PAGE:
Dr. Harch currently divides his time between his practice in the New Orleans area facility where he continues to explore the effect of HBOT on neurological disorders, animal and human research, teaching and medical society projects. (The New Orleans facility is a contract site for Charity Hospital of New Orleans, the primary teaching institution of Louisiana State University (LSU) and Tulane University Schools of Medicine, and the VA Hospital of New Orleans). Dr. Harch is also a Clinical Assistant Professor and Director of the LSU School of Medicine's Hyperbaric Medicine Fellowship Program and Director of the soon to be opened Hyperbaric Medicine Unit at Medical Center of Louisiana in New Orleans.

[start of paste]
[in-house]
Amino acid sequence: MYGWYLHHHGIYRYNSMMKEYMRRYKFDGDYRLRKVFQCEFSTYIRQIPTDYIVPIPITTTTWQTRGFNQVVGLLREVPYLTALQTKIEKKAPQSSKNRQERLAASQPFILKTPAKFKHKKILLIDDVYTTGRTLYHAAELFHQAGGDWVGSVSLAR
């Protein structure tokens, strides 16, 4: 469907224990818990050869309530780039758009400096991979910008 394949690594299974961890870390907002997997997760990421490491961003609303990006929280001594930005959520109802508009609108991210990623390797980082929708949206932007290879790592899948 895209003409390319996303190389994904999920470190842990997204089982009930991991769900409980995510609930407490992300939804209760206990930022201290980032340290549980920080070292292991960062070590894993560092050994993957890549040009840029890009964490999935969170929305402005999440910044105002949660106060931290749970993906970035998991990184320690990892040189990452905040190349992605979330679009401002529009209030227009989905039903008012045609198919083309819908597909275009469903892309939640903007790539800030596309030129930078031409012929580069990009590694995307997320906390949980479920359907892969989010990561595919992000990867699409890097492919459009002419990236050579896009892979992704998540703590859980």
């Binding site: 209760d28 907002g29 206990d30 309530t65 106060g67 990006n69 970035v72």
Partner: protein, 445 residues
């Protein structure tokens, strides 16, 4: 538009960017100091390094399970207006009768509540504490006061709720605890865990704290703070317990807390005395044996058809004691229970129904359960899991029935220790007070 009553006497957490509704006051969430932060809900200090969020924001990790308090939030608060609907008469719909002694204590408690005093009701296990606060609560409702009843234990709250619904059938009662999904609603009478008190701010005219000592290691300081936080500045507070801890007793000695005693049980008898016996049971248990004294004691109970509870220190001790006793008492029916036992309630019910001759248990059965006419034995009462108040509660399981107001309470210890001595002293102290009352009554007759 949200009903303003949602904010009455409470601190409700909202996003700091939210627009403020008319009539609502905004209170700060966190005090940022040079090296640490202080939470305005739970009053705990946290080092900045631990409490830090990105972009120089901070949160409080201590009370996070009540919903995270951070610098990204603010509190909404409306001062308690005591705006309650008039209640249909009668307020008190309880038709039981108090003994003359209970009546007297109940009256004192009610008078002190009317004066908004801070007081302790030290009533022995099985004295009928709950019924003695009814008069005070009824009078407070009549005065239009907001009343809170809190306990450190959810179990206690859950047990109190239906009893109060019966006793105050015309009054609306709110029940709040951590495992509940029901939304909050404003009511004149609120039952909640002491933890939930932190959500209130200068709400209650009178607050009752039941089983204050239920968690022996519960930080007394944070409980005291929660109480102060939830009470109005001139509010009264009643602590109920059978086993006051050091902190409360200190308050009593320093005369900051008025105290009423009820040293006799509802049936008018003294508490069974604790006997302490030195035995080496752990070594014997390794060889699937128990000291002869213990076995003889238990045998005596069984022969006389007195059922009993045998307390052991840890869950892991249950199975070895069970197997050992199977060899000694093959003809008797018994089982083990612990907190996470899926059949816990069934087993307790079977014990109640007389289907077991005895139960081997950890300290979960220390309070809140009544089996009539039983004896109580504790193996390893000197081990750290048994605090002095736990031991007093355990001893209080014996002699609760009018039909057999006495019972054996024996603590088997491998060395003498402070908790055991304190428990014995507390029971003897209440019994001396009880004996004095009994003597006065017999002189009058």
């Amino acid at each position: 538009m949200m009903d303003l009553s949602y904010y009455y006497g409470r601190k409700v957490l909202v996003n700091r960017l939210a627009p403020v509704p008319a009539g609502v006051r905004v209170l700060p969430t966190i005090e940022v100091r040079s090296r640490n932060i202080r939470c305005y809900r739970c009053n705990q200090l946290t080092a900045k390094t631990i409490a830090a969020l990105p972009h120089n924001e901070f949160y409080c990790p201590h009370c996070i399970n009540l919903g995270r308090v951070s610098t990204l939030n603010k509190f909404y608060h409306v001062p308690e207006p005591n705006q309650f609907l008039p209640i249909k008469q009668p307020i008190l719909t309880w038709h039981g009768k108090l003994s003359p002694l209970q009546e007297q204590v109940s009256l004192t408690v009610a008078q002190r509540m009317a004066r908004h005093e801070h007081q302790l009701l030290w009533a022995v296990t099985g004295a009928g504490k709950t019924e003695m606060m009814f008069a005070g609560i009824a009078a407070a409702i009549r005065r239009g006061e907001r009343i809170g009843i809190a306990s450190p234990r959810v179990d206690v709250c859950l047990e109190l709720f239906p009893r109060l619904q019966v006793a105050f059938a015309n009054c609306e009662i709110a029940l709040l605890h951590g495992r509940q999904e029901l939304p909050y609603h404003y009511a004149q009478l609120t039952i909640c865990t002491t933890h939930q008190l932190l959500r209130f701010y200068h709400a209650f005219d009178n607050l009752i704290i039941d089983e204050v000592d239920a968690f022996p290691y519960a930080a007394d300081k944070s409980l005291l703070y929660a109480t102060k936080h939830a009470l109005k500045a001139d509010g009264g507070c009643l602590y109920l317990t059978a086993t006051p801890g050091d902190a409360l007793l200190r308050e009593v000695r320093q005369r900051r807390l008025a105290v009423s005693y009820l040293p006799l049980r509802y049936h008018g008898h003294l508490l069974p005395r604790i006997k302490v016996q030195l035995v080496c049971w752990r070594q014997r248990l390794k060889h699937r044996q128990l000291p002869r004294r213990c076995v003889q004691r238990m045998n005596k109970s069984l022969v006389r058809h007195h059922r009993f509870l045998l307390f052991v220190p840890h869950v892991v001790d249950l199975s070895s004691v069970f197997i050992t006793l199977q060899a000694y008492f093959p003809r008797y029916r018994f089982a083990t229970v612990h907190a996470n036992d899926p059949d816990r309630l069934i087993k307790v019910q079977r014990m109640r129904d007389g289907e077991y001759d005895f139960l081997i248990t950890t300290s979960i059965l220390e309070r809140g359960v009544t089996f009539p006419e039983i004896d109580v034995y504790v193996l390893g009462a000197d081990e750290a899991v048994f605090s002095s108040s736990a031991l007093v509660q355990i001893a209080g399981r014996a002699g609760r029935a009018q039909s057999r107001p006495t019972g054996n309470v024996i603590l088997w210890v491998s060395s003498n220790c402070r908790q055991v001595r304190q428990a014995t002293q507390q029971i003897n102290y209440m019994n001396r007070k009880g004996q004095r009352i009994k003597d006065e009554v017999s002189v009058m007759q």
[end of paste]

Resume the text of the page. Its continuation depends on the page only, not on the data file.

Dr. Paul Harch is a board certified hyperbaric and emergency medicine physician who has become one of the foremost authorities in the United States on the use of hyperbaric oxygen therapy and SPECT brain blood flow imaging in neurology. Dr. Harch is a magna cum laude, phi beta kappa graduate of the University of California, Irvine in 1976 and Johns Hopkins University School of Medicine in 1980 who has trained in general surgery and radiology. His hyperbaric career began in 1985. He received initial diving accident management training through the National Oceanographic and Atmospheric Administration and then prolonged instruction and experience under the direction of and in association with one of the world's most noted diving medicine experts, Dr. Keith Van Meter. With the aid of a steady supply of injured divers from the Gulf of Mexico Dr. Harch began an in-depth study of brain decompression illness (DCI) in the late 1980's. As he evaluated divers with brain DCI presenting for primary treatment weeks to months after their accident or with residual brain injury following neurological plateau on the standard U.S. Navy recompression protocol, it became obvious he was treating ischemic (low blood flow) brain injury and not residual gas. This was unequivocally confirmed in 1990 and 1991 with two diving cases, a 43 year old demented commercial diver 7 months after injury and 5 months after U.S. Navy treatment plateau, and a 33 year old demented junior high school math teacher, misdiagnosed and committed to a psychiatric hospital after a diving accident and then aborted suicide attempt. Following a call to Dr. Neubauer in April, 1990, Dr. Harch began treating the first diver and eventually achieved clinical, psychometric, and SPECT brain blood flow improvement. The second diver experienced normalization of his EEG, complete recovery of neurological function and a 22 point recoup of his pre-accident IQ before the end of his treatment protocol. He returned to work and obtained a masters' degree in educational psychology. Today, he is actively employed by the State of New Mexico, testing educationally handicapped children. Dr. Harch reported these cases and subsequent others at scientific meetings (1, 2).